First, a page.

Pop Culture
Oct 06, 2009, 05:59AM

Ugly Truths

Cosmo's "Man Manual" is the go-to spot for young women looking to demean themselves and their partners.

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"Ugly guy truth: No matter how much we love you, we're only capable of listening to about 20 percent of what you say."

So says Matt Titus, a "relationship expert" quoted in the October issue of Cosmopolitan magazine. I usually don't read Cosmopolitan, but my new housemate has a tendency to leave her copies lying around in the bathroom. As it turns out, Cosmo makes for great toilet reading: after just one or two pages, I feel a great desire to flush the whole thing.

I've written a lot in the past about my objections to women's magazines, from the unrealistic images of beauty to be found between their covers to the schizophrenic approach they take to readers' bodies, which tends to go a little something like this: "Love your body! And lose ten pounds! You're perfect just the way you are! But these jeans will flatter your butt! You need to tone your abs! Gosh, why do still hate your body!?" Because I like to read things that don't make me hate myself, I have very little tolerance for women's magazines. In fact, I'm usually so disgusted by the fawning beauty copy and the emaciated-looking models that I rarely even make it to overpriced fashion section in the middle of the magazine.

This is perhaps for the best, because, as I discovered when I finally made it to the back of a Cosmo this week, it's at the back of the magazine that one finds the mother lode of outrageous, truly sexist crap. I'm talking about the relationships advice section or, as it's called in Cosmo, the Man Manual.

The aforementioned Mr. Titus, coauthor of a book called Why Hasn't He Called? (let me guess, it's because he's just not that into you?), is this month's guest columnist in the Man Manual section, the subject of which is "Why he calls you a nag, when you're not." Titus' theory is that men use this n-word because they know it makes women feel like they're turning into their mothers—or worse, into their mothers-in-law. Men know, Titus claims, that dropping the n-bomb will make a woman shut up immediately, so that her boyfriend can go back to watching the game in blissful, woman-free silence.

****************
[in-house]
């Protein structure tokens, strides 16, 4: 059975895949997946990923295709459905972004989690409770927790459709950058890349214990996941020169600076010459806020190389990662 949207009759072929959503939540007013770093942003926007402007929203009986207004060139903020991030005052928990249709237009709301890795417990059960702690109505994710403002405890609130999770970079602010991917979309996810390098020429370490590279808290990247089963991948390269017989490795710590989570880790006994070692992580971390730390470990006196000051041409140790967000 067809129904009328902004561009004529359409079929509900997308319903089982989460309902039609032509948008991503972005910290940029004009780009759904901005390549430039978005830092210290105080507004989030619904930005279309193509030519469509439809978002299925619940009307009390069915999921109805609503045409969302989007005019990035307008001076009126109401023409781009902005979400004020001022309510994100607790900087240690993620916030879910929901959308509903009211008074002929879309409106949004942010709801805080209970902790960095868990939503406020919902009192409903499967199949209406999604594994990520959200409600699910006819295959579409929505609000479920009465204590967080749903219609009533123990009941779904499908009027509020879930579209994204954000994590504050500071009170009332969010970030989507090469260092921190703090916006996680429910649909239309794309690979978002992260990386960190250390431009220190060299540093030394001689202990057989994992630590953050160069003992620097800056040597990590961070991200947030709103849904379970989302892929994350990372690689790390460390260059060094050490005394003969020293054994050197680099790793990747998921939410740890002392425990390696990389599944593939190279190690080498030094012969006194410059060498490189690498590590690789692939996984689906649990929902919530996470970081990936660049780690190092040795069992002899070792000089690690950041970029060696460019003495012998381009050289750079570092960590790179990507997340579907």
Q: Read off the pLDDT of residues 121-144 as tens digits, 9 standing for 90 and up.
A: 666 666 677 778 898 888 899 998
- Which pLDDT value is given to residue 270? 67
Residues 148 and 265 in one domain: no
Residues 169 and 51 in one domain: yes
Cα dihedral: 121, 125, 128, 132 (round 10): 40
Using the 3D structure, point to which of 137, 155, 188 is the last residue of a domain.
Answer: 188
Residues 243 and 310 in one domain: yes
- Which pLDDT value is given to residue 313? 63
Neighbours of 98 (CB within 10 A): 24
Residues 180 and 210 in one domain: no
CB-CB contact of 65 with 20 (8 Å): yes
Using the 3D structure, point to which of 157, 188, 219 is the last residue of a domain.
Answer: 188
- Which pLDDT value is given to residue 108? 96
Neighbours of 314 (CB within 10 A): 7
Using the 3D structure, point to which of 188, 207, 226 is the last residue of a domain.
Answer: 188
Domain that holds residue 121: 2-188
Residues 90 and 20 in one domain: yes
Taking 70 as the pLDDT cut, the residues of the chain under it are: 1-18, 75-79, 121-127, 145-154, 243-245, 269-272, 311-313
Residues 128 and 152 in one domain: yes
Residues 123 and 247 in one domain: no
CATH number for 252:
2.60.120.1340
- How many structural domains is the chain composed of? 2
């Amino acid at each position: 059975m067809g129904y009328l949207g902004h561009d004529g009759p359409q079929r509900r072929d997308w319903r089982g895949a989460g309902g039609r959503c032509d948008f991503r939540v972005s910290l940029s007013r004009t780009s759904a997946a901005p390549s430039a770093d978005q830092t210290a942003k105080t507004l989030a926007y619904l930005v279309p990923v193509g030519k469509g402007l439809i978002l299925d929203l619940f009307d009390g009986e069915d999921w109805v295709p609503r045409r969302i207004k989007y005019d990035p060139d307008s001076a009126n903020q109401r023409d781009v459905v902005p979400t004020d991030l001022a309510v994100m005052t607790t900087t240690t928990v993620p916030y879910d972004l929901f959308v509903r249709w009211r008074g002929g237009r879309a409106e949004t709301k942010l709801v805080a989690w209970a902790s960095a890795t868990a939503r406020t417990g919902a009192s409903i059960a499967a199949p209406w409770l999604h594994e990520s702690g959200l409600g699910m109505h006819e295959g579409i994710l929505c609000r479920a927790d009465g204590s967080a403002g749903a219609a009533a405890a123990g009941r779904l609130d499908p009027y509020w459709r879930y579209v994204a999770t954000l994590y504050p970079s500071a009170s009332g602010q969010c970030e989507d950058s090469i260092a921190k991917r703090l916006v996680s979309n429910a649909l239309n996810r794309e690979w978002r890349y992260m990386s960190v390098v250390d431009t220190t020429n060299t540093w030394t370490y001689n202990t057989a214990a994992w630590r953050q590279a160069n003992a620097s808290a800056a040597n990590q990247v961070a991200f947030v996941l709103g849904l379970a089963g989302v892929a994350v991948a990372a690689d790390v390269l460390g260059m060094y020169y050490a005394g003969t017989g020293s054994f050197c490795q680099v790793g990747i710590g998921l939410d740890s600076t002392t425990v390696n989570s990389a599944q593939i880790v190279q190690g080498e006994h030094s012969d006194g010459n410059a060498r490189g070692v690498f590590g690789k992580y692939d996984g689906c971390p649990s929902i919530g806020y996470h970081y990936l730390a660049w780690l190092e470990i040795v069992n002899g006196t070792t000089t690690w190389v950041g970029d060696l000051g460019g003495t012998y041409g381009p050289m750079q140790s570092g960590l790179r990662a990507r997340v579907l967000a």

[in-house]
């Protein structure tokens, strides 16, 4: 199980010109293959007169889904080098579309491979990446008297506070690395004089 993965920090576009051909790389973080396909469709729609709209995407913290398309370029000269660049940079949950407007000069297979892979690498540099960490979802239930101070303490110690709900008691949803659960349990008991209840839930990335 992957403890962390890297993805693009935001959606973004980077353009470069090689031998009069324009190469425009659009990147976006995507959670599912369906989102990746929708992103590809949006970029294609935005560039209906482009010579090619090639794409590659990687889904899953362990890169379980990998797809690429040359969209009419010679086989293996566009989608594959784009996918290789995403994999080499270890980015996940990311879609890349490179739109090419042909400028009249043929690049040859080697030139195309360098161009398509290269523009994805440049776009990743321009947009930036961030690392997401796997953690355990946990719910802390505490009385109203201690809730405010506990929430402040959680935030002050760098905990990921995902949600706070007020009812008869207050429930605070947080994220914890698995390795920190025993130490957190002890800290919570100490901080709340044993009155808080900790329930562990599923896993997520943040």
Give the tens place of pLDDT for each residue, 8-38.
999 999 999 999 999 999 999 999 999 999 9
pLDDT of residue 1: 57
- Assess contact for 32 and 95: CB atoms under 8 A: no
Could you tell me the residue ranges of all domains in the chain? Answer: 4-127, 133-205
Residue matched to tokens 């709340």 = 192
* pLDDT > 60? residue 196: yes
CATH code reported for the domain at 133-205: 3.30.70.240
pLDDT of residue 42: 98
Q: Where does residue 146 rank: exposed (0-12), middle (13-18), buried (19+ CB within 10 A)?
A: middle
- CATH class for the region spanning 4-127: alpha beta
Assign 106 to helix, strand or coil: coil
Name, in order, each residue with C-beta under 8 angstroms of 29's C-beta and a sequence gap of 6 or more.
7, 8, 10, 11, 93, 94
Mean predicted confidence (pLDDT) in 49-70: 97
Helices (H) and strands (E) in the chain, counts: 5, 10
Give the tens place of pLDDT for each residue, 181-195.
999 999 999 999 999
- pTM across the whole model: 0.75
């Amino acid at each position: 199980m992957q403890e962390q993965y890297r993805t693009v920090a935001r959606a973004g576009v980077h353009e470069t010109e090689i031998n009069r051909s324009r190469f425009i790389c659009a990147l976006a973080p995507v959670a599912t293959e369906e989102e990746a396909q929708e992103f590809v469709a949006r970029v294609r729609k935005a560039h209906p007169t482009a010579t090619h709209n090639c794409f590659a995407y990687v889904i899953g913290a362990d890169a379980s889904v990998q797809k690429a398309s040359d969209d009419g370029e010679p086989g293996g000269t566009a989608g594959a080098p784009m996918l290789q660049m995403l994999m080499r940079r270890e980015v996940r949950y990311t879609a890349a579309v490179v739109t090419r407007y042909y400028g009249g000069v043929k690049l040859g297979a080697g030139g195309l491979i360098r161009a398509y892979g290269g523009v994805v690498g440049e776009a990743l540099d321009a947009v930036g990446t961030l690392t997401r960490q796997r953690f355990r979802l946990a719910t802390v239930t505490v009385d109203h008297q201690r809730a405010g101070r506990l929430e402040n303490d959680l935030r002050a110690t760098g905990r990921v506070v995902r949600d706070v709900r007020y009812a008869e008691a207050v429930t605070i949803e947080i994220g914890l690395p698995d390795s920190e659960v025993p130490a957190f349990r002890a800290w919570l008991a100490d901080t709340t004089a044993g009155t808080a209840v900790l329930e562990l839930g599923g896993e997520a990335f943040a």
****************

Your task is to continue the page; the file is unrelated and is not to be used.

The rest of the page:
On the bright side, I guess you could call Titus' relationship advice a step towards gender equality, in that it insults both men and women. Let's take, for example, the assertion that men only listen—nay, are only capable of listening—to one-fifth of what women say. Quite apart from the difficulty one would have in proving such a hypothesis in any convincing scientific way, the sexism inherent in this idea, which is stated as bald, inevitable fact, is quite spectacular.

In this view of the world, men are easily distracted overgrown man-children who, deep down, think that their girlfriends are trying to boss them around just like their moms did, rather than form a collaborative partnership based on respect and affection. "In guys' minds," Titus writes, "we already did everything a woman (i.e. Mom) asked for 18 years... If we do everything our girlfriends and wives say, we will actually lose our manly status and turn into children again." Male readers should feel free to correct me, but if I were a man, I'd be rather insulted by this representation of my gender.

But I'm a woman, so I'm busy being insulted by the suggestion that men can only muster the attention span to listen to one-fifth of what I, and the rest of my gender, says. Sorry Susan Rice, I only listened to the first twelve minutes of your speech at the UN. Shucks, Indra Nooyi, I zoned out nine minutes in to your keynote address. Apologies, Sheryl WuDunn, I only read one-fifth of your half of Half the Sky, but I sure did enjoy all of what your husband wrote about women's rights.

The problem with this kind of dating advice is not whether it's correct or not, because, as I said, there's no way for Cosmo to prove that. Take it from someone who has tried even the most miserable-sounding, failure-doomed Cosmo recommended diet that truth plays very little part here.

The problem is that advice like this teaches women to expect to be ignored by the men they love eighty percent-eighty percent!-of the time. It normalizes the idea that women must accept having their thoughts and ideas ignored by the very men who are supposed to love and respect them, because that's just the way men naturally are. Sorry ladies, nothing we can do about it: we're just naturally disrespectful. And just like that, men are off the hook for forty-eight minutes out of every hour. The cost of being off the hook, of course, is that men everywhere have been insulted by one of their own.

Do we really want to teach women to settle for men who can watch a fifteen-minute football quarter, but can't handle twelve minutes of talking to their girlfriends? Surely we underestimate men when we depict them as inherently, inevitably, assholes. Women deserve better—and surely men can do better—than twenty percent of the time.

  • Well done. My freshman year in college my roommate subscribed to Maxim, and I also read it in the bathroom. I found it very depressing that the "relationship" writing in the magazine reduced relationships to a series of mathematically precise transactions that were generalized to the point of being preordained. The writers relied on "If you do X, then she will do Y" reasoning that is utterly without use in an actual relationship. Sounds like Cosmo does the same thing. As you say, equally insulting to both genders. Why do you think people want to read this?

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